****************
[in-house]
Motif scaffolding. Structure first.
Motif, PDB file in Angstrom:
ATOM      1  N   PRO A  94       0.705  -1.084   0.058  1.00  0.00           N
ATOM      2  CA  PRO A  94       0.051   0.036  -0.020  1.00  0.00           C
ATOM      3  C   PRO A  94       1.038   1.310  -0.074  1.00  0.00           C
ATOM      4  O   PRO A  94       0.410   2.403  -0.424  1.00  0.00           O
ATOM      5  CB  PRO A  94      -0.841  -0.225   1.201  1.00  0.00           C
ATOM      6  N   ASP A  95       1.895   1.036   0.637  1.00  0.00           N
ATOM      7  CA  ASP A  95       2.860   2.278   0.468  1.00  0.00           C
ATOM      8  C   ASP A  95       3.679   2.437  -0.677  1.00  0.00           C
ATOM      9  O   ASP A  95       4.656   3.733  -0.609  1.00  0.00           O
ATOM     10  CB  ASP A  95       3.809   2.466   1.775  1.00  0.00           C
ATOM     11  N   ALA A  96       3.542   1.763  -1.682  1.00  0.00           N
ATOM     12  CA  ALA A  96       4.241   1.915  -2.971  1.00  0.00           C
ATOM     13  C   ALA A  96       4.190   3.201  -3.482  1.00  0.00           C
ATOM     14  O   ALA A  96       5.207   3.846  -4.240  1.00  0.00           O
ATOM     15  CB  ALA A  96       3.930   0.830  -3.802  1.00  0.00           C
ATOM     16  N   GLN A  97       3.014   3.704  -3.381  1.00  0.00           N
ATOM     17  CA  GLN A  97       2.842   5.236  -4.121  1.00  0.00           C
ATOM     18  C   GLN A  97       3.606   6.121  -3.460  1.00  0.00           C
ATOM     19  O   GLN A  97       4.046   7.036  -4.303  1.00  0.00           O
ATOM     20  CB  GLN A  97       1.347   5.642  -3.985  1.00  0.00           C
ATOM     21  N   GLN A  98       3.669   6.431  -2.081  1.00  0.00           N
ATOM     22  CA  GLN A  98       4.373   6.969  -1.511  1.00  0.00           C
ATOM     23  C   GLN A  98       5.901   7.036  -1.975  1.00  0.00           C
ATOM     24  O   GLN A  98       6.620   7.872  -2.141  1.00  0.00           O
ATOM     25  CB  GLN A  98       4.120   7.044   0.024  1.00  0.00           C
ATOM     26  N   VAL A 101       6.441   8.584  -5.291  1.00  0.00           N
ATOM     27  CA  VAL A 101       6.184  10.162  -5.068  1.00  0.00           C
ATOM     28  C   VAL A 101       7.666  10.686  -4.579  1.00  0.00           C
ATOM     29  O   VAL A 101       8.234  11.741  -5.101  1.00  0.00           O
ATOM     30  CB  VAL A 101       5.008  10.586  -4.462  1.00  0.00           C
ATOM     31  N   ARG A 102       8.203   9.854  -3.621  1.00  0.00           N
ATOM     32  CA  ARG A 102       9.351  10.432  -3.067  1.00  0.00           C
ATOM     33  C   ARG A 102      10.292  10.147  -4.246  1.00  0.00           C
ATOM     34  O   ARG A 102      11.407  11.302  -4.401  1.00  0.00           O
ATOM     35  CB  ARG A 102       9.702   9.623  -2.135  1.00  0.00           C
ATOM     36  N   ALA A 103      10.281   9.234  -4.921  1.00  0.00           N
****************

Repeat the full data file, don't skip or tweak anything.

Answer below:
[in-house]
Motif scaffolding. Structure first.
Motif, PDB file in Angstrom:
ATOM      1  N   PRO A  94       0.705  -1.084   0.058  1.00  0.00           N
ATOM      2  CA  PRO A  94       0.051   0.036  -0.020  1.00  0.00           C
ATOM      3  C   PRO A  94       1.038   1.310  -0.074  1.00  0.00           C
ATOM      4  O   PRO A  94       0.410   2.403  -0.424  1.00  0.00           O
ATOM      5  CB  PRO A  94      -0.841  -0.225   1.201  1.00  0.00           C
ATOM      6  N   ASP A  95       1.895   1.036   0.637  1.00  0.00           N
ATOM      7  CA  ASP A  95       2.860   2.278   0.468  1.00  0.00           C
ATOM      8  C   ASP A  95       3.679   2.437  -0.677  1.00  0.00           C
ATOM      9  O   ASP A  95       4.656   3.733  -0.609  1.00  0.00           O
ATOM     10  CB  ASP A  95       3.809   2.466   1.775  1.00  0.00           C
ATOM     11  N   ALA A  96       3.542   1.763  -1.682  1.00  0.00           N
ATOM     12  CA  ALA A  96       4.241   1.915  -2.971  1.00  0.00           C
ATOM     13  C   ALA A  96       4.190   3.201  -3.482  1.00  0.00           C
ATOM     14  O   ALA A  96       5.207   3.846  -4.240  1.00  0.00           O
ATOM     15  CB  ALA A  96       3.930   0.830  -3.802  1.00  0.00           C
ATOM     16  N   GLN A  97       3.014   3.704  -3.381  1.00  0.00           N
ATOM     17  CA  GLN A  97       2.842   5.236  -4.121  1.00  0.00           C
ATOM     18  C   GLN A  97       3.606   6.121  -3.460  1.00  0.00           C
ATOM     19  O   GLN A  97       4.046   7.036  -4.303  1.00  0.00           O
ATOM     20  CB  GLN A  97       1.347   5.642  -3.985  1.00  0.00           C
ATOM     21  N   GLN A  98       3.669   6.431  -2.081  1.00  0.00           N
ATOM     22  CA  GLN A  98       4.373   6.969  -1.511  1.00  0.00           C
ATOM     23  C   GLN A  98       5.901   7.036  -1.975  1.00  0.00           C
ATOM     24  O   GLN A  98       6.620   7.872  -2.141  1.00  0.00           O
ATOM     25  CB  GLN A  98       4.120   7.044   0.024  1.00  0.00           C
ATOM     26  N   VAL A 101       6.441   8.584  -5.291  1.00  0.00           N
ATOM     27  CA  VAL A 101       6.184  10.162  -5.068  1.00  0.00           C
ATOM     28  C   VAL A 101       7.666  10.686  -4.579  1.00  0.00           C
ATOM     29  O   VAL A 101       8.234  11.741  -5.101  1.00  0.00           O
ATOM     30  CB  VAL A 101       5.008  10.586  -4.462  1.00  0.00           C
ATOM     31  N   ARG A 102       8.203   9.854  -3.621  1.00  0.00           N
ATOM     32  CA  ARG A 102       9.351  10.432  -3.067  1.00  0.00           C
ATOM     33  C   ARG A 102      10.292  10.147  -4.246  1.00  0.00           C
ATOM     34  O   ARG A 102      11.407  11.302  -4.401  1.00  0.00           O
ATOM     35  CB  ARG A 102       9.702   9.623  -2.135  1.00  0.00           C
ATOM     36  N   ALA A 103      10.281   9.234  -4.921  1.00  0.00           N